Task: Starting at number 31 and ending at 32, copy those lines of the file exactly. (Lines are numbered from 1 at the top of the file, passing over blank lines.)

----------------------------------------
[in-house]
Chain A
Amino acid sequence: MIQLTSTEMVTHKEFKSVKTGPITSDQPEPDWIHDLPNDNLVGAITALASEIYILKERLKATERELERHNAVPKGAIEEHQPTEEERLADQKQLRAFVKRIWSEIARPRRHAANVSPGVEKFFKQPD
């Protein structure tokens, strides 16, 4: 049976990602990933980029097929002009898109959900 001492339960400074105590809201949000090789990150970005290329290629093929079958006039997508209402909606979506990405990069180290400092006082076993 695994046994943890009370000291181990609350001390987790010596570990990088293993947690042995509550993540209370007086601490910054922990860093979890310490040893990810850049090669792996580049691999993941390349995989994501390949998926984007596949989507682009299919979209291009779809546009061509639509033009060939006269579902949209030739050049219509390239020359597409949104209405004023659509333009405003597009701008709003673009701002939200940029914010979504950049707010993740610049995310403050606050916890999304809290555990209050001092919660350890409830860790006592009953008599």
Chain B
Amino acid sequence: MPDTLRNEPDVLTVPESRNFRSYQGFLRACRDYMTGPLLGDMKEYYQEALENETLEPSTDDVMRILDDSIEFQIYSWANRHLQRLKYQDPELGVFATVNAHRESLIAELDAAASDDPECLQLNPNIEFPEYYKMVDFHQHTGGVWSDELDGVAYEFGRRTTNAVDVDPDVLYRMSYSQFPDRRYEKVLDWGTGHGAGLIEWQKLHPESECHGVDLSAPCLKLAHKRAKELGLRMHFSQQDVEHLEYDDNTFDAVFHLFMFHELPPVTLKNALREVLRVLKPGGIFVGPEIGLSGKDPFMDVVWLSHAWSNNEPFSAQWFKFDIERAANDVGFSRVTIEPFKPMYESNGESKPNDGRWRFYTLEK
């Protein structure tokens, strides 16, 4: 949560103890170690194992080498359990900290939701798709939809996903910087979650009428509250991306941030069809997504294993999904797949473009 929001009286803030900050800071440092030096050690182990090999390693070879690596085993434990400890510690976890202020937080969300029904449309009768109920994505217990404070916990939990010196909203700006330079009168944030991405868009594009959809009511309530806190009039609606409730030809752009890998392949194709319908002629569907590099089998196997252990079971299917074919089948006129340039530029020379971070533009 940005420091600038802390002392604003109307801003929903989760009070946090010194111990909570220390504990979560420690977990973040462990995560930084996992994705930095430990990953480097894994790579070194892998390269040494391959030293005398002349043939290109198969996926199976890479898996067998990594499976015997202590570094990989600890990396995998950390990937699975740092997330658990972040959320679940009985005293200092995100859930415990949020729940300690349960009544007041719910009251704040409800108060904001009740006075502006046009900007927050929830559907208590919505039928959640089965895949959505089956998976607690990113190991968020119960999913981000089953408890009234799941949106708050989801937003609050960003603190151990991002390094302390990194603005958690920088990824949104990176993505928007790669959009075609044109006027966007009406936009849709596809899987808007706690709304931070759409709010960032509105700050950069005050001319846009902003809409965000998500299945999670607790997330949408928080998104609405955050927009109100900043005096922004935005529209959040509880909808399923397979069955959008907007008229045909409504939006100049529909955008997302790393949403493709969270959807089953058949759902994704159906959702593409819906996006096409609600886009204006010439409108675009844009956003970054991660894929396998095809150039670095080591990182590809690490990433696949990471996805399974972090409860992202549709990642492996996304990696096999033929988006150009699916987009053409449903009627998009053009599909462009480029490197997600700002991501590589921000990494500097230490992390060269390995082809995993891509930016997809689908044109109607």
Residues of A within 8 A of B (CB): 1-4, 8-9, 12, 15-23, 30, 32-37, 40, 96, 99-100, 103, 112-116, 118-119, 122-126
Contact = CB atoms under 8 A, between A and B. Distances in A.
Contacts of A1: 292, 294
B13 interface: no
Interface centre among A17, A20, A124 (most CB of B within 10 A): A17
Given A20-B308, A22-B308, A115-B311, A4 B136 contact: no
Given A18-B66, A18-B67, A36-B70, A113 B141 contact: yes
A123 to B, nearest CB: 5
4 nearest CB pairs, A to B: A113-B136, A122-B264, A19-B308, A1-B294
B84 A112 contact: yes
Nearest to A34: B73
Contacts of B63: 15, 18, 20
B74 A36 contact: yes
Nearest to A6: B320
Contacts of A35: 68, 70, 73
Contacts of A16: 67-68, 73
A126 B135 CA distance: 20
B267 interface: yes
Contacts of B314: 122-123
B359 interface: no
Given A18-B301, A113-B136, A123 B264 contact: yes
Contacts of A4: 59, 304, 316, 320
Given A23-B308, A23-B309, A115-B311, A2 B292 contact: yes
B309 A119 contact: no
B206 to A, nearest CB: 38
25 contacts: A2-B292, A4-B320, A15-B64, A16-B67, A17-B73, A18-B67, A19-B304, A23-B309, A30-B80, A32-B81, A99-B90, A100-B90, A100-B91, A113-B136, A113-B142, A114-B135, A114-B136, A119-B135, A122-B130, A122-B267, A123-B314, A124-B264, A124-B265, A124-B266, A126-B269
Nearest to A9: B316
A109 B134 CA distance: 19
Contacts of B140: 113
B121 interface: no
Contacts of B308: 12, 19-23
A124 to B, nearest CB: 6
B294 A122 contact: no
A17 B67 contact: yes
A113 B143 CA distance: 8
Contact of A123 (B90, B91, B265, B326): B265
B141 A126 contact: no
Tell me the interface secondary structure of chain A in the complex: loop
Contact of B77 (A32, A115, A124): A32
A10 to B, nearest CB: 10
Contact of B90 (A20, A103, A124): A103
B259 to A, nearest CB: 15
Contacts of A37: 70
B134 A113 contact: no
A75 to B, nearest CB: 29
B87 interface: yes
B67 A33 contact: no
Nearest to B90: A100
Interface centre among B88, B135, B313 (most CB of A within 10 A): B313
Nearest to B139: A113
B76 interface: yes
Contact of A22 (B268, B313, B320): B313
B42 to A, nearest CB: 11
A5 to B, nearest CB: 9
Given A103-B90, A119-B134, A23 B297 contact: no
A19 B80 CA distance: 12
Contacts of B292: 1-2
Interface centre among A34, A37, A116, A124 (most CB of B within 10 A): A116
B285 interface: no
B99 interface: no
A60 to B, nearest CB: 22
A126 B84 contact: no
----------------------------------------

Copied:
B309 A119 contact: no
B206 to A, nearest CB: 38